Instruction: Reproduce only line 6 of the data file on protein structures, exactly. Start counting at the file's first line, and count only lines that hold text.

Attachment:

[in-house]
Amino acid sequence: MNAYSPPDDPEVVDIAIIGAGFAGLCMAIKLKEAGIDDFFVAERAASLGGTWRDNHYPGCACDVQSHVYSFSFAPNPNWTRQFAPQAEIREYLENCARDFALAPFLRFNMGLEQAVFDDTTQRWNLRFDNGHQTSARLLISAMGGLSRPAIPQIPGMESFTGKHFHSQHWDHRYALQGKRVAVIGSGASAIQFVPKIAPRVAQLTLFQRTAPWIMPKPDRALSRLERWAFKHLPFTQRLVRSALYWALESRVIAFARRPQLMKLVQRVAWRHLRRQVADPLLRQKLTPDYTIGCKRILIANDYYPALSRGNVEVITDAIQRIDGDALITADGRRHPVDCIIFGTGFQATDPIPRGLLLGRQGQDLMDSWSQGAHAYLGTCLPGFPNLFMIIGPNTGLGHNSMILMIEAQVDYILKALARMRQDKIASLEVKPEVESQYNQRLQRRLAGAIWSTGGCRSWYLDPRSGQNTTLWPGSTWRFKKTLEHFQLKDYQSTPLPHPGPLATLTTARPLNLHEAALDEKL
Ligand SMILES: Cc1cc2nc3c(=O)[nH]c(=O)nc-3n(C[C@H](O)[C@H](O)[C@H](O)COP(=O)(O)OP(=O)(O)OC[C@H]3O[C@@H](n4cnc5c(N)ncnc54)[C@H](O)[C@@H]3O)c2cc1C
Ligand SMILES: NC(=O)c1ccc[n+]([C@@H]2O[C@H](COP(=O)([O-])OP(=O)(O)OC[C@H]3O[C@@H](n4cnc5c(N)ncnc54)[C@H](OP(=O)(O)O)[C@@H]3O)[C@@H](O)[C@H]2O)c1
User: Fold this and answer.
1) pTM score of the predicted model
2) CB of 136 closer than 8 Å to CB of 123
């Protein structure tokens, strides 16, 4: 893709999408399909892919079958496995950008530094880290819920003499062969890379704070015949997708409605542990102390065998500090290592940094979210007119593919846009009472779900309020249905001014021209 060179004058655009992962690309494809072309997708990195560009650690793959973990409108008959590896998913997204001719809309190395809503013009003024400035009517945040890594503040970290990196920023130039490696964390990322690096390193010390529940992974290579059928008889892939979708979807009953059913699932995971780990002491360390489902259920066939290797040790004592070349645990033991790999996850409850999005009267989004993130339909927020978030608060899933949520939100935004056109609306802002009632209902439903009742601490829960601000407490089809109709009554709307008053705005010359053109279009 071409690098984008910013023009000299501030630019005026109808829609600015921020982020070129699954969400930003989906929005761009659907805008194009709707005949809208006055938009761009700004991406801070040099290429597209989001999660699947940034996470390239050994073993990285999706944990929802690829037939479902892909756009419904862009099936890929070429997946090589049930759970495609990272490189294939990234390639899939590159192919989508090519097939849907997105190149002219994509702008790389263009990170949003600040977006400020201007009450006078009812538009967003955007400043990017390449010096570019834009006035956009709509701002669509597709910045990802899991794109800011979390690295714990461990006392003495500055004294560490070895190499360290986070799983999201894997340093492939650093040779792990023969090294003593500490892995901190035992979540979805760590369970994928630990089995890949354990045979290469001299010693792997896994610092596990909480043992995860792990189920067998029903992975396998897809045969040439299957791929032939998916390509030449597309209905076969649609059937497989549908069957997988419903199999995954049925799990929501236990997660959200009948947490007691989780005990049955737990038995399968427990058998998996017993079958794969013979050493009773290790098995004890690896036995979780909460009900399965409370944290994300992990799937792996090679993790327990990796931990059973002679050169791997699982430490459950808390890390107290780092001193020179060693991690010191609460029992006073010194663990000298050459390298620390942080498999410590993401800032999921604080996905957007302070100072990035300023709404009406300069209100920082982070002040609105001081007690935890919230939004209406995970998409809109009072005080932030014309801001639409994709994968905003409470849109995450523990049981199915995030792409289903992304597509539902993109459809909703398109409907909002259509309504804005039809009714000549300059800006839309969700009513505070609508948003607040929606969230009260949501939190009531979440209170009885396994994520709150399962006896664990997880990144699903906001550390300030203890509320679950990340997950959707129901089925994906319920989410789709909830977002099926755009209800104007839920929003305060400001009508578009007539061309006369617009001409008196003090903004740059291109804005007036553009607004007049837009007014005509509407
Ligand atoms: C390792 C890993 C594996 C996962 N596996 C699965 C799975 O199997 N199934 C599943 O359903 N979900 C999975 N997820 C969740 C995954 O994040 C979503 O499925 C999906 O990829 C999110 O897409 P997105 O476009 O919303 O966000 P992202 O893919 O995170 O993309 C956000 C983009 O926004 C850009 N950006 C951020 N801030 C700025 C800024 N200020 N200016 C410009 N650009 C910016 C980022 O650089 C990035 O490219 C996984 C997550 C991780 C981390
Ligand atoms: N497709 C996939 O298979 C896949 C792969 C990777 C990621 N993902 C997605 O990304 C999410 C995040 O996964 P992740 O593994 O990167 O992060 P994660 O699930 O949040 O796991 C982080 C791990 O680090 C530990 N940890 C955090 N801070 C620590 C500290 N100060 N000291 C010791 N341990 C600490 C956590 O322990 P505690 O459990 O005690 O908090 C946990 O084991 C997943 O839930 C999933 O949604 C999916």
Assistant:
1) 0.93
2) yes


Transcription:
1) pTM score of the predicted model